• Financial Times lures in subscribers based on topical interests. Build out topical interest subscriptions well beyond a boring monthly newsletter. Micro-verticals that connect to your products are a good place to start.
  • The Financial Times is expert in taking users from one step in content consumption to the next, without losing them along the way by demanding credit card info too soon, etc. Figure out where your own content-to-conversion weak points are. Experiment with other tactics to win trust and loyalty - before data or payment is pursued.

Three audience attention metrics you should look at before conversion
Alexa Benatar

key excerpt: “If you value attention, you can really connect to an audience, market to them better, build loyal brand followers, and ultimately, make money."

best course of action:

  • Track which topics or angles resonate the most with your audience. Example: a food company that tags content by food ingredient.
  • Different content works for different channels. Make no assumptions about this: "e.g. video is engaging; long-form is dead.

As says:

Back in 2016, it felt like everyone in media and marketing was talking about pivoting to video. But was video actually engaging? Not necessarily, according to the data. As we found in the study, long form content was the most engaging across our network.

Axios reaches today's reader with “Smart Brevity” journalism
Shelley Seale
Seals shares the Axios view on the competitive news environment:

  • Complete less and react fast: Only 5% of readers actually make it to the bottom of an article.
  • Bounce quickly: Two-thirds of visitors leave a publisher’s Web site homepage before clicking on a single page or article.
    Share without reading: 59% of social media posts are shared without being clicked on.

Meissner (from Axios) called that last statistic about sharing without reading “terrifying.”

Seale then details Axios's focus on "smart brevity":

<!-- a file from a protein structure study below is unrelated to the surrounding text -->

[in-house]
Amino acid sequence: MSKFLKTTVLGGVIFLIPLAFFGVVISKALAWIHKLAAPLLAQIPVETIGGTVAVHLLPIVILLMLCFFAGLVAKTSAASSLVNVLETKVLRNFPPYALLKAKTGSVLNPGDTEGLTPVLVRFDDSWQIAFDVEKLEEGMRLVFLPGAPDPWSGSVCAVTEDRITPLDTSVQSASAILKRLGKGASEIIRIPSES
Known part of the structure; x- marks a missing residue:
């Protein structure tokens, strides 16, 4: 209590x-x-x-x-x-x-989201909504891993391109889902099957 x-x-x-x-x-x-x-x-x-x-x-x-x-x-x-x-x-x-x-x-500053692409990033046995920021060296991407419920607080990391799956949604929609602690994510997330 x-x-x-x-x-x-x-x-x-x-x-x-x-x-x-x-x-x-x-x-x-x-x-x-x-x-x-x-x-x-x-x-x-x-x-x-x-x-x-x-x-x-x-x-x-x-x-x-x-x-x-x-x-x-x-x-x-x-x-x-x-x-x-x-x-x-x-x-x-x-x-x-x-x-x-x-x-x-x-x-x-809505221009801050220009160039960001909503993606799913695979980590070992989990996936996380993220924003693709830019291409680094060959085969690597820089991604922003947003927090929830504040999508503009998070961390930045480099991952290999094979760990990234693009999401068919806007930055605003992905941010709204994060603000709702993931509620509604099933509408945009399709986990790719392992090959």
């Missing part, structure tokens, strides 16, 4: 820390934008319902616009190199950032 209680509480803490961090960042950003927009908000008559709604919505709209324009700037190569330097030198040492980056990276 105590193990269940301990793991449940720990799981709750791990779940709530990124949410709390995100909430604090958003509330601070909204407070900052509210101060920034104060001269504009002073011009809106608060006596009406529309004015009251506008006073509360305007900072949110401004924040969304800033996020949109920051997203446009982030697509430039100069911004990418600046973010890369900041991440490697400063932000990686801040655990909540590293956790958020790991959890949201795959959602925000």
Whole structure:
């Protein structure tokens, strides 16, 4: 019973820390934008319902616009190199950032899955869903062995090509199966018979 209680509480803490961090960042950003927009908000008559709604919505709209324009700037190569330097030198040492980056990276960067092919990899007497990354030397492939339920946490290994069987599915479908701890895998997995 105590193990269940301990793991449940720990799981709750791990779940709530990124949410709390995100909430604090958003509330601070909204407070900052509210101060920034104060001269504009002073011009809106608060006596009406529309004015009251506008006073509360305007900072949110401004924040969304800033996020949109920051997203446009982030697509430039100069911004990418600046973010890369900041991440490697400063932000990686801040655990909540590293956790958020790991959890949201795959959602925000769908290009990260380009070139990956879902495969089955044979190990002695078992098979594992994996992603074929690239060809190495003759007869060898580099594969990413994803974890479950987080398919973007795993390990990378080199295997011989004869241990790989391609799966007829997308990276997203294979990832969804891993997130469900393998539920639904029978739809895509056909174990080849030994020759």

The news also needs to have brevity. “We know people’s attention span is non-existent. No one is reading 800 word articles. We’ve taught them to write in 200-word formats. Tell them quickly what they need to know.”

This Smart Brevity model the team came up with is an innovative storytelling format that gets to the point, telling readers what they need to know — and why it matters.

I can't lie - I find the obsession with content brevity disheartening. Granted, this is news consumption. But I'm not sure we can solve complex world problems in 200 words news snacks.

But that doesn't matter. What matters is:

Does content brevity matter to your audience?

Example: each of these mini-stories in this piece could be chunked out and published or emailed separately. However, sees statistical impact in long-form. The First Round piece I led off with is based off of an intentional long-form content strategy that is highly effective for them.

Assumptions about attention spans are just that. Stats and reader engagement will tell you what you need to know. I for one will not lose faith in the power of immersive content. But then again, I just binge-watched two seasons of "Sinner." I might not do that with predictive analytics webinars.

Bonus content - a few more stories worth tracking:

These pieces were picked from my curated channel, enterprise media disruptions. You can also view the entire digital media disruptions article series, including special features.